Yorkshire tinnitus sufferer calls for stricter measures over noise levels at live music gigs

A former councillor in Scarborough has called for a change to the law claiming a music gig in the spa town has "ruined" his life.

Mark Vesey, after a music night at the Spa Grand Hall in July, claims the noise levels left him with a persistent whistling in his ears. Now suffering from tinnitus, he said he can no longer hear the birds sing because of the high pitched sound.

The venue insists all guidelines were followed but Mr Vesey argues there should be stricter measures. Everyone is at risk of hearing damage after just 15 minutes in a nightclub, he said. Concert venues should be forced to monitor levels, he argues. He is also calling for noise levels to be better publicised.

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"Perhaps there is the ‘free choice’ argument, people are allowed to damage their hearing if they want to," he said. "But choice is not free if the information is not there."

Mark VeseyMark Vesey
Mark Vesey

Tinnitus is thought to affect around 7m people in the UK. Mr Vesey, who staged a protest outside the spa venue in August, has also written to his MP, to the Minister for Health, to the Health Safety Executive (HSE), Tinnitus UK and the RNID.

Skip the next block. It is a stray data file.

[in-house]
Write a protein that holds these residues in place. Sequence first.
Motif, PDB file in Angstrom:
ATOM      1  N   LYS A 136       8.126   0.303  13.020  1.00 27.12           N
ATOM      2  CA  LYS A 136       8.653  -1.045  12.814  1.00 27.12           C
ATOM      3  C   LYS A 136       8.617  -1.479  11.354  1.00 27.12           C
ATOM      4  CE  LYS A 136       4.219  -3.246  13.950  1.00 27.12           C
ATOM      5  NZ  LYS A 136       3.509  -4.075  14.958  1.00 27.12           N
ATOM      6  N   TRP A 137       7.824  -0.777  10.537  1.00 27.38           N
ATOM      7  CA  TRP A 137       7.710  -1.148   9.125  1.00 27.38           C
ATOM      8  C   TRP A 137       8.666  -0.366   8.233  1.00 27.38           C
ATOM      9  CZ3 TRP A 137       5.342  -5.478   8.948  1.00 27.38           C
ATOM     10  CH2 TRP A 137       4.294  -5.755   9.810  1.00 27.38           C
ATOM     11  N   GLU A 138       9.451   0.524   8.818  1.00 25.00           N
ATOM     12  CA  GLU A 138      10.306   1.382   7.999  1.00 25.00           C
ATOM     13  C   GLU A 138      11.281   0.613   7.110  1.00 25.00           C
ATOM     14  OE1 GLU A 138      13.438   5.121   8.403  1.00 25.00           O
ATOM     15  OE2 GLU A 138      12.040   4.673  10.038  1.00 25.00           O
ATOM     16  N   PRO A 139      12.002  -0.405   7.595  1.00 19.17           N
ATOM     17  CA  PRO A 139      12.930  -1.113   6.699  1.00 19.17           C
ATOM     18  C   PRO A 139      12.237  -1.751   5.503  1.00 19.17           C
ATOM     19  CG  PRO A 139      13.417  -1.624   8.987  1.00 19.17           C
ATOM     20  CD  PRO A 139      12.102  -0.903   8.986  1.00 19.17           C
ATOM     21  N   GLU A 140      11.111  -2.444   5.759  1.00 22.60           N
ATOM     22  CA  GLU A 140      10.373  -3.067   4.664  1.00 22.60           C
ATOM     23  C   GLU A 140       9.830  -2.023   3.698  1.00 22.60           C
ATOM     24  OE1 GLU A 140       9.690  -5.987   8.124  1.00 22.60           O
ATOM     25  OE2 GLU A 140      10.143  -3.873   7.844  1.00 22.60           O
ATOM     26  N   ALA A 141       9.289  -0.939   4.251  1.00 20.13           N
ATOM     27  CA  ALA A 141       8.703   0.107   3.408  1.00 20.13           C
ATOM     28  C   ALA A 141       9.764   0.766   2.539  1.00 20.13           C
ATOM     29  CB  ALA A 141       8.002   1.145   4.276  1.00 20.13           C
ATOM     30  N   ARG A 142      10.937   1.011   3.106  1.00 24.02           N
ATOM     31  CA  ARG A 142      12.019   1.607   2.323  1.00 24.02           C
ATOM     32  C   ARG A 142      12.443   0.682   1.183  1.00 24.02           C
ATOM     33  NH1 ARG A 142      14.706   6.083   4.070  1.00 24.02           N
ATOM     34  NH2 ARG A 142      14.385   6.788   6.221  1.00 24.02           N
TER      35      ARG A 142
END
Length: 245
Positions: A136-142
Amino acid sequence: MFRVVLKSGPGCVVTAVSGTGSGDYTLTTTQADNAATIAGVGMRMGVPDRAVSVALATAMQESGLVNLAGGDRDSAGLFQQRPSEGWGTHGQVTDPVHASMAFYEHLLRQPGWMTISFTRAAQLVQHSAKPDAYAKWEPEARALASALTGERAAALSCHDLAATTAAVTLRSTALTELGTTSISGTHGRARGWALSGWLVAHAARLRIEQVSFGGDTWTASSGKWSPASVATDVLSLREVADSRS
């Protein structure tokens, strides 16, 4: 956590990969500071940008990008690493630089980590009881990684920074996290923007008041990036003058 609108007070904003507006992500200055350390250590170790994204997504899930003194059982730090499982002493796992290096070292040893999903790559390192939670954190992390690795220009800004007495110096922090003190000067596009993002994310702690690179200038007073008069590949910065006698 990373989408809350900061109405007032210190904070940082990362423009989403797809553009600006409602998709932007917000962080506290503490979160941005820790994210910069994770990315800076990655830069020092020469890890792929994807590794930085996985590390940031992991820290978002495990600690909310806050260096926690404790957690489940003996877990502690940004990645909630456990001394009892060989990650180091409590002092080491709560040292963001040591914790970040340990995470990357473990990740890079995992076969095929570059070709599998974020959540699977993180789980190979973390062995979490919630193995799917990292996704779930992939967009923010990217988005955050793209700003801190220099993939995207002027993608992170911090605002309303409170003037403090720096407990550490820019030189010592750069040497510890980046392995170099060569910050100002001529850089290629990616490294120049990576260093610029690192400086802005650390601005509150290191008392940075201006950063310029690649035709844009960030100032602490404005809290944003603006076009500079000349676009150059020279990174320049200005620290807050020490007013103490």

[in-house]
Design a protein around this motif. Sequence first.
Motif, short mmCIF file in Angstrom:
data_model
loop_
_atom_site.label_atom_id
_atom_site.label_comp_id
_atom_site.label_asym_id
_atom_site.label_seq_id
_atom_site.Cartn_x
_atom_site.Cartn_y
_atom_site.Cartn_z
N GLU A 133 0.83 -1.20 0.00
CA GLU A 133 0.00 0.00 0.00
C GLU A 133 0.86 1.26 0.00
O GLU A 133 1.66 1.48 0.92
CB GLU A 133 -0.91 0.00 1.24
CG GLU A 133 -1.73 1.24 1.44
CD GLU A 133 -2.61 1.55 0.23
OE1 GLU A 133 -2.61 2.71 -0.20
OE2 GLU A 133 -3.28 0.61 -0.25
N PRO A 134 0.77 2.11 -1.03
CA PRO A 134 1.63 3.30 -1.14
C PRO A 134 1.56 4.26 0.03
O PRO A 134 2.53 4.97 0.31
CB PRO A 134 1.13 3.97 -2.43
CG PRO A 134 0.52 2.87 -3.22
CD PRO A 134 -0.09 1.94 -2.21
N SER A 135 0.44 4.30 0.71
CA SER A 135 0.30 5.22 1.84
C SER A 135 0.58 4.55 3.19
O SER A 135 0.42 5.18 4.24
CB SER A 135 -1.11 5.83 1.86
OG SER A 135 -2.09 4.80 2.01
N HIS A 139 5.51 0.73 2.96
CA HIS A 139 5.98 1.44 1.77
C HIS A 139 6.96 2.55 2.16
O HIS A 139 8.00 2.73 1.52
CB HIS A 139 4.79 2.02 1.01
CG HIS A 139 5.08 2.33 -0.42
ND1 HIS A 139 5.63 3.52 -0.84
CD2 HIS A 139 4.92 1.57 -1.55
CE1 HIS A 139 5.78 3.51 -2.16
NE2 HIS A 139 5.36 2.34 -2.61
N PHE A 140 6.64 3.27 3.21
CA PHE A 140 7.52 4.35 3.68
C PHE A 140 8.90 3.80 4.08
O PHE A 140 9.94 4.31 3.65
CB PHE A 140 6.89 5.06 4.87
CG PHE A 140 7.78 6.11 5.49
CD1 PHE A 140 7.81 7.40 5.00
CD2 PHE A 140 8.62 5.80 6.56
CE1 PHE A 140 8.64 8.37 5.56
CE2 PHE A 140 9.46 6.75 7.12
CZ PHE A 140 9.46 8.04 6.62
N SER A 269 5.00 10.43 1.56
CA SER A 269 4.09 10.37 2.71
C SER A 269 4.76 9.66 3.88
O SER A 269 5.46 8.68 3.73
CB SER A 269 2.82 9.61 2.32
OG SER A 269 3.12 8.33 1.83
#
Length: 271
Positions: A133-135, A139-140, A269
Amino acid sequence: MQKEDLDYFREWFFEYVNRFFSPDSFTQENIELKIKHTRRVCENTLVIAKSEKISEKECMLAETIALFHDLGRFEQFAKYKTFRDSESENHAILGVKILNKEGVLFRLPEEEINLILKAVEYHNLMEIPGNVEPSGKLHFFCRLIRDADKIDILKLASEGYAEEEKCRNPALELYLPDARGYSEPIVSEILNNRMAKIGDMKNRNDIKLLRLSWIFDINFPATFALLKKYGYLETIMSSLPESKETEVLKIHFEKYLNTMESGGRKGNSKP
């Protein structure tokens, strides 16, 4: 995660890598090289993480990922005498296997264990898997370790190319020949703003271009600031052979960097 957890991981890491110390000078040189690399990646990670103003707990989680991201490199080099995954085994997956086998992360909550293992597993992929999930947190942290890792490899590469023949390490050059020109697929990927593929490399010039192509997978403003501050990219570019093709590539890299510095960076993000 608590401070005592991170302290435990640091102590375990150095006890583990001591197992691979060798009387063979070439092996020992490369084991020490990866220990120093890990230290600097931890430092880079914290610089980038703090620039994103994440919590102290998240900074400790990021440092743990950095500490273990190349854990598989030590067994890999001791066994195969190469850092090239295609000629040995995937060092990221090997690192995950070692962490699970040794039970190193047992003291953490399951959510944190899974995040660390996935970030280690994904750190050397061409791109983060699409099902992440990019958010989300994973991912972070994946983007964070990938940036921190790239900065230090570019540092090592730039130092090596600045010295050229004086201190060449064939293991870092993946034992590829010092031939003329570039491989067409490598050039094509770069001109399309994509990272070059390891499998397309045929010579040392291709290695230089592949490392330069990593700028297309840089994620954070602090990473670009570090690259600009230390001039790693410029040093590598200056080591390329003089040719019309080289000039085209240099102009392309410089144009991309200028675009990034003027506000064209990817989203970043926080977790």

The HSE has declined to investigate further, as there is insufficient evidence that exposure levels in the hall were above recommendations.

The issue isn't covered by law, Mr Vesey outlines, only by guidance from the HSE. This is despite warnings from the Tinnitus Society that exposure to higher noise levels for the length of a concert could be damaging to hearing.

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The council-run venue did publicise the warning, he acceded, but argued it should be more prominent.

"The government now regulates sugar and salt levels in our food so why are they not regulating sound levels for the public to stop us being injured?" he said. "Why is there such a gap between what HSE guidance says and what professional audiologists say? Why isn't there a legal limit?"

North Yorkshire Council’s assistant director for culture and leisure, Jo Ireland, said: “While there is no specific legislation setting noise limits for audience exposure at entertainment venues, we operate all of our venues in line with the relevant Health and Safety Executive guidance.”

Mr Vesey is setting up a Scarborough tinnitus support group, contact [email protected].

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